6. An ink composition according to claim 1 wherein the dye comprises a Reactive Dye.
7. An ink composition according to claim 1 wherein the dye is selected from the group consisting of anthraquinones, monoazo dyes, disazo dyes, phthalocyanines, aza[18]annulenes, formazan copper complexes, and triphenodioxazines, to which are covalently attached reactive groups.
8. An ink composition according to claim 1 wherein the dye includes a reactive group selected from the group consisting of dichlorotriazines, monochlorotriazines, dichloroquinoxalines, aminoepoxides, mono-(m'-carboxypyridinium)-triazines, 2,4,5-trihalogenopyrimidines,2,4-dichloropyrimidines,2,3-dichloroquinoxalines, monofluorotriazines, 4,5-dichloro-6-methyl-2-methylsulfonylpyrimidines, 1,4-dichlorophthalazines, chlorobenzo-thiazoles, sulfatoethylsulfones, β-chloroethylsulfones, 4,5-dichloro-6-pyridazones, α-bromoacryloylamidos, and α,β-dibromopropionylamidos.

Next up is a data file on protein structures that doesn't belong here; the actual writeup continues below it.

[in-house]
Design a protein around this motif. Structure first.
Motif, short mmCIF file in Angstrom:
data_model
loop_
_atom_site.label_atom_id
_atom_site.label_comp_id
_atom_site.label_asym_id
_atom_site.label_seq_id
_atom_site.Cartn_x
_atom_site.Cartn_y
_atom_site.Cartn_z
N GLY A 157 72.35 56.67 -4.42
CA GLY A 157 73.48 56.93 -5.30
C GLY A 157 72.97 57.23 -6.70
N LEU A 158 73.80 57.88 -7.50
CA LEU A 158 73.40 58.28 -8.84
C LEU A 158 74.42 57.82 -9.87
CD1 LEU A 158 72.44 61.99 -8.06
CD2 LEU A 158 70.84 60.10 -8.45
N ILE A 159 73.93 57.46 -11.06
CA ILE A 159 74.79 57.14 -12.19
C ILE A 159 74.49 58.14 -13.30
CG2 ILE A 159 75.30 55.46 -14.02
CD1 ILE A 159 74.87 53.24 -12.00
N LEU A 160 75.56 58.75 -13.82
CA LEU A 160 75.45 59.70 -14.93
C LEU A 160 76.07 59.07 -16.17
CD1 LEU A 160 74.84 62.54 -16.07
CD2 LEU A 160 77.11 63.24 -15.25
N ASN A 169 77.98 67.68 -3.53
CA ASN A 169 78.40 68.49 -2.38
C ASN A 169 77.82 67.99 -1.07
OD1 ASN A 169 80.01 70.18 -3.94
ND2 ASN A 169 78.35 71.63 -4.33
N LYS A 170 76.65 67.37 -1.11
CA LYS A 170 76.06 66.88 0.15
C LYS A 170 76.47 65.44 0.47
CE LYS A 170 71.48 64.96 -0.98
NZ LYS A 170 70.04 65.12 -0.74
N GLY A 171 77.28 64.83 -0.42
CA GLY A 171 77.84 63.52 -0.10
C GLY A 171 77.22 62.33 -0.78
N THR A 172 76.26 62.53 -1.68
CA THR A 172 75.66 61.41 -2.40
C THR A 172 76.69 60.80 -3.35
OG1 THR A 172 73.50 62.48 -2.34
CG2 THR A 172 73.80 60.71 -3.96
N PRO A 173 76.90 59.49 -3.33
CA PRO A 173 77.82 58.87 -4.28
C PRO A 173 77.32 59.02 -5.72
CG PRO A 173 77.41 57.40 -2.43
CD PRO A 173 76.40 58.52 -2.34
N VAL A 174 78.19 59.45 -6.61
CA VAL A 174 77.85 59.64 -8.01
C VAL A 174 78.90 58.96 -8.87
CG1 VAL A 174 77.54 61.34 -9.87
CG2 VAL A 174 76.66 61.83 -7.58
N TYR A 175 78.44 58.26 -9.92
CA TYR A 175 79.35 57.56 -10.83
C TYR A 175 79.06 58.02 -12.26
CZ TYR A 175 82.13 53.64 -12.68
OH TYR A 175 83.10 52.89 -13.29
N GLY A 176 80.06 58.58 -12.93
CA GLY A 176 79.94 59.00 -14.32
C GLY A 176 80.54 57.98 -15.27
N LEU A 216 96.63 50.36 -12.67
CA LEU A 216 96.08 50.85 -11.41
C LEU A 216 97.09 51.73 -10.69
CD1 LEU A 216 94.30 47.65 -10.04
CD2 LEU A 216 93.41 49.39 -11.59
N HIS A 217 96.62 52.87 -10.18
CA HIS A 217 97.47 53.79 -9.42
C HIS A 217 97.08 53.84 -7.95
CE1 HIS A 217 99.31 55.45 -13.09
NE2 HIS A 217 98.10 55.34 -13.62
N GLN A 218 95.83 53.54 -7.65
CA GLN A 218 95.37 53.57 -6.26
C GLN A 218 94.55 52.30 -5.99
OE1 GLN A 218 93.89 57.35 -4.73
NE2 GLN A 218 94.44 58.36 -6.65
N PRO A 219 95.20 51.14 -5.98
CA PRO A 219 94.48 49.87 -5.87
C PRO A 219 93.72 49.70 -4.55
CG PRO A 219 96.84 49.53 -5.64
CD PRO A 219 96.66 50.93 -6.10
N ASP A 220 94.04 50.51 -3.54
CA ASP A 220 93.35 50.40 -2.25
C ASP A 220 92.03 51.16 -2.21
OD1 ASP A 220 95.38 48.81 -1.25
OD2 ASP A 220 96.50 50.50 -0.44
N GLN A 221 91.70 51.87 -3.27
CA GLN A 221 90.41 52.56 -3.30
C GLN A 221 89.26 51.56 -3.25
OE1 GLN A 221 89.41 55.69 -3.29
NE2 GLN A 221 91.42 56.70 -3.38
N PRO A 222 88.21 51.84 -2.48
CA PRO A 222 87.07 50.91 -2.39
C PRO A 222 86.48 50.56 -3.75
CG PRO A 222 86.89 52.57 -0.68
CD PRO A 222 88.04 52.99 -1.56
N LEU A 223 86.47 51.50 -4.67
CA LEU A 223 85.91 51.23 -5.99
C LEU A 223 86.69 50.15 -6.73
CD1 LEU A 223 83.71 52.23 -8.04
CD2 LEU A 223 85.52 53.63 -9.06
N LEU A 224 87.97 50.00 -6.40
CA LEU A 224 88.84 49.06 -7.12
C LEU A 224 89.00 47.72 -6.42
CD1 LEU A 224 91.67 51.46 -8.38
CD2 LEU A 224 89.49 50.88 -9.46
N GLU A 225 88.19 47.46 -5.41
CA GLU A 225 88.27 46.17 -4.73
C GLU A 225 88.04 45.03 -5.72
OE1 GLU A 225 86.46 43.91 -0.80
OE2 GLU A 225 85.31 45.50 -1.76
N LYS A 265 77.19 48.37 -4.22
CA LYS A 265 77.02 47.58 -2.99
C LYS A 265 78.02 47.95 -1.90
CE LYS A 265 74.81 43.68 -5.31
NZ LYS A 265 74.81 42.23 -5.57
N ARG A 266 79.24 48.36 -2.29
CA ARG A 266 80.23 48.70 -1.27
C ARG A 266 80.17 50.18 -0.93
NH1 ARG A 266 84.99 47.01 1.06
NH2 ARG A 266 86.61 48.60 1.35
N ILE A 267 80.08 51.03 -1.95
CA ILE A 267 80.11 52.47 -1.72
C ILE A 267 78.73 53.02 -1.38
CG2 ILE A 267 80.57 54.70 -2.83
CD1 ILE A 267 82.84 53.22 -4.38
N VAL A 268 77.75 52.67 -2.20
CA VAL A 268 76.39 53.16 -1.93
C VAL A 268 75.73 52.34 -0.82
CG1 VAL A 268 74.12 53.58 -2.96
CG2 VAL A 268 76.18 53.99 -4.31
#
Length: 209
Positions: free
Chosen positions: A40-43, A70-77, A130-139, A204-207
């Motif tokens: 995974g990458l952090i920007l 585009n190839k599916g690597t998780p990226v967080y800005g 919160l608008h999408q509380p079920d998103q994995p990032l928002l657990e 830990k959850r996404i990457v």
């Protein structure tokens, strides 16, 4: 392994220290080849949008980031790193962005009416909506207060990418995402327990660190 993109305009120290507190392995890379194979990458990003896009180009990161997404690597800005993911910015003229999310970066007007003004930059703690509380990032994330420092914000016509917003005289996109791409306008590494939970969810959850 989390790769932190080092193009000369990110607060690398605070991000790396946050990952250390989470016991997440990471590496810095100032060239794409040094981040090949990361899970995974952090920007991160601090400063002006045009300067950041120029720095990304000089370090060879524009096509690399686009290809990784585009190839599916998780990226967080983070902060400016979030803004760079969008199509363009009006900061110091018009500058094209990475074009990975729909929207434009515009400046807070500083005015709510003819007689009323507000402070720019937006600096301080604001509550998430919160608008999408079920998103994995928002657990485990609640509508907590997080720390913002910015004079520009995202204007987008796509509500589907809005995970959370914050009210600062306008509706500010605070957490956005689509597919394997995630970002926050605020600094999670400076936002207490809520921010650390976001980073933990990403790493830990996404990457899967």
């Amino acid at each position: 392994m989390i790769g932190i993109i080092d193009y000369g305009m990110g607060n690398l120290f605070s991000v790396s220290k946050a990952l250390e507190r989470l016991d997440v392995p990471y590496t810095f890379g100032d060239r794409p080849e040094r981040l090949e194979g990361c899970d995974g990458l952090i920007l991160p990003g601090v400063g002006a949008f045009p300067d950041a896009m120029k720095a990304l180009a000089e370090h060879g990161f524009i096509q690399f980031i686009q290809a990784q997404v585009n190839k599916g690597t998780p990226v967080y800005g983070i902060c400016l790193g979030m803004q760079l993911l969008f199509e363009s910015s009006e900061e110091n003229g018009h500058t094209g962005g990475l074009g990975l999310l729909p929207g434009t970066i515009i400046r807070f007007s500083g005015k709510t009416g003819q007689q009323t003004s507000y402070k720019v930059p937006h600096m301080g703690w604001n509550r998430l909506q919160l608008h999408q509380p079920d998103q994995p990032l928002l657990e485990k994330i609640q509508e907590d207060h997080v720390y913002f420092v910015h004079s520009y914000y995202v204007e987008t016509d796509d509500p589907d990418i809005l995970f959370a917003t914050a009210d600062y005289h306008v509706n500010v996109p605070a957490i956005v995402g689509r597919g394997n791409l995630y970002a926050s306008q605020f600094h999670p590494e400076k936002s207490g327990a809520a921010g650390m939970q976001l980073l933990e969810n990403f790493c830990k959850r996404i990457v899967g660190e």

9. An ink composition according to claim 1 wherein the colored particles comprise from about 65 to about 98 percent by weight of silica, from about 1 to about 20 percent by weight of the coupling agent, and from about 1 to about 30 percent by weight of the dye.
10. An ink composition according to claim 1 wherein the liquid medium comprises water present in an amount of from about 40 to about 95 percent by weight and a glycol present in an amount of from about 5 to about 40 percent by weight, and the colored particles are present in an amount of from about 2 to about 10 percent by weight of the liquid medium.
11. An ink composition according to claim 1 wherein the glycol is selected from the group consisting of ethylene glycol, diethylene glycol, propylene glycol, and mixtures thereof.
12. An ink composition according to claim 1 wherein the ink contains a biocide.
13. An ink composition according to claim 12 wherein the biocide is present in an amount of from about 0.1 to about 1.0 percent by weight.
14. An ink composition according to claim 1 wherein the ink contains a surfactant.
15. An ink composition according to claim 14 wherein the surfactant is present in an amount of from about 0.1 to about 1.0 percent by weight.